Right to be forgotten: KCE proposes to shorten waiting time
As a survivor, it is often difficult to take out an (outstanding balance) insurance policy. From a medical point of view, you may be cured, but the insurer probably thinks otherwise. The government has the important task of making (outstanding balance) insurance policies accessible to people with a history of cancer.
Since the 1st of February 2020, survivors have the 'right to be forgotten'. This means that the insurer may not refuse a survivor nor charge a higher premium if the survivor has been in full remission for at least 10 years.
The Royal Decree that entered into force on the 1st of April 2020 goes even further. It specifies certain types of cancer for which the 10-year period is shortened. For some types of breast cancer, the term is even reduced to one year. Insurers are not allowed to refuse these patients and a higher premium is either prohibited or limited by a reference grid.
The Belgian Health Care Knowledge Centre (KCE) must regularly re-evaluate the reference grids for the right to be forgotten. Based on a thorough analysis of the survival curves for early-stage breast cancer, KCE researchers made proposals to shorten the current waiting time, which could potentially affect an average of one in two people affected by breast cancer.
Below, we translate the most important information from their press release of the 5th of April 2022*:
A first report on breast cancer
The first report on the right to be forgotten examined breast cancer in situ or early-stage invasive breast cancer (carcinoma). Cancer in situ refers to a tumour that is confined to the tissue in which it originated.
In contrast, an invasive cancer has cells that invade surrounding tissue. However, in the early operable stages (stages I or II) considered here, the lymph nodes are not appreciably affected and there is no metastasis.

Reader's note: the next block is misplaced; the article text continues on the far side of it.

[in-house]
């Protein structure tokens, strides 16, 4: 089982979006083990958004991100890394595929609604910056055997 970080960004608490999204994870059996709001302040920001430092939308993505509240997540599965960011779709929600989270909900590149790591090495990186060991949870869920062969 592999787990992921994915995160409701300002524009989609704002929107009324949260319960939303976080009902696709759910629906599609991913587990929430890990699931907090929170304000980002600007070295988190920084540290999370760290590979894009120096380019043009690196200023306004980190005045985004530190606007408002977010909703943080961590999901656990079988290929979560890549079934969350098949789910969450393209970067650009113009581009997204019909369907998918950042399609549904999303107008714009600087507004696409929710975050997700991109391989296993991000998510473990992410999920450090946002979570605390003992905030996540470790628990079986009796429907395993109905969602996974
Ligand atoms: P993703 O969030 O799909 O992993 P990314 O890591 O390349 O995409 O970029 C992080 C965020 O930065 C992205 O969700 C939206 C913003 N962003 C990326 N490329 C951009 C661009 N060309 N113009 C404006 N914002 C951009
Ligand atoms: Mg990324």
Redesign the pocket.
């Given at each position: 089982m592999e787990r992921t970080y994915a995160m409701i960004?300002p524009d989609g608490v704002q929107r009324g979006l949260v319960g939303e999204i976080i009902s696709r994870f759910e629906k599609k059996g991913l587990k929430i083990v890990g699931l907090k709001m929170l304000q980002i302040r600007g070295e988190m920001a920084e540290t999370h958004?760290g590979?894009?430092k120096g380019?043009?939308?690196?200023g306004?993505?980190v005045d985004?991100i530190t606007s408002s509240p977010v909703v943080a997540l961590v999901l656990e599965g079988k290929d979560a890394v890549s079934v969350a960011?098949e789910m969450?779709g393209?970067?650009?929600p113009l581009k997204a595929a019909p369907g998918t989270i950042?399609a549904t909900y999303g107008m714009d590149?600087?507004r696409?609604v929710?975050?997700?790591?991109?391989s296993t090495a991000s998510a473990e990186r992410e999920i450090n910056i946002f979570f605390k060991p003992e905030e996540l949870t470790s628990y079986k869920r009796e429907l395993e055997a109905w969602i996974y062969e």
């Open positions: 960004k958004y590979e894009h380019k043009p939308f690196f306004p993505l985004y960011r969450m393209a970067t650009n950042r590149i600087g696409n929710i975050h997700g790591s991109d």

In the case of breast cancer, the reference grid currently provides for a waiting period of one year after completion of treatment for cancer in situ and ten years for all other stages. The question is whether these waiting times are excessive for small and localised tumours, especially as they represent a large proportion of diagnosed – and successfully treated – breast cancers today.
A meticulous task
KCE researchers worked closely with the Belgian Cancer Registry, which collects and analyses data on all cancers diagnosed in Belgium. The registry now covers at least 98 % of all cancer diagnoses, and more than 99 % of all breast cancers.
Out of a total of 132,425 breast cancer diagnoses (since 2007) in the Cancer Registry database, statistical analyses were performed on the survival data of 93,368 individuals, namely 10,452 with cancer in situ and 82,916 with stage I or II carcinomas.
Researchers chose as the most relevant survival indicator (in the context of the right to be forgotten) the 'statistical cure point', i.e. the shortest time after diagnosis after which the mortality risk of people with cancer becomes comparable to that of the general population of the same sex and the same age group. It is important to emphasise that this is a statistical concept that applies to all patients and not to any particular individual. It is quite possible that a patient will be considered ‘clinically cured’ (in remission) before the statistical cure point is reached.
Towards a shortened waiting time for many women?
Based on 10,452 cases of cancer in situ, no excess mortality was found up to 14 years after diagnosis. Therefore, the researchers propose that there should no longer be a waiting period for people with this type of cancer.
For small (called T0 or T1) and early (stage I) invasive carcinomas, survival curves approximate those of the general population from 1 year and over the next 10 years. The KCE therefore proposes to consider a waiting period of 1 year instead of the current 10 years.
In total, therefore, this revision of the reference grids could potentially affect an average of one in two women diagnosed with breast cancer, based on the Cancer Registry figures. In addition, the KCE proposes that the waiting period be calculated from the date of diagnosis rather than from the date of completion of treatment, as is currently the case. The date on which treatment is completed is difficult to establish, while the date of diagnosis is usually very accurate.
What is going to happen now?
In accordance with the law, the KCE has forwarded its proposals to the Monitoring Office for Debt Balance Insurance Tariffs, which will then communicate them, accompanied by its own advice, to the competent political authorities (State Secretary for Consumer Protection, Minister of Social Affairs and Minister of Economic Affairs). The latter will ultimately decide whether or not to implement the changes.
Read the full KCE press release dated April the 5th, 2022* (NL)
Read the full KCE press release dated April the 5th, 2022* (FR)
Read more about the right to be forgotten for outstanding balance insurance policies (EN)
Read more about the right to be forgotten for guaranteed income insurance (EN)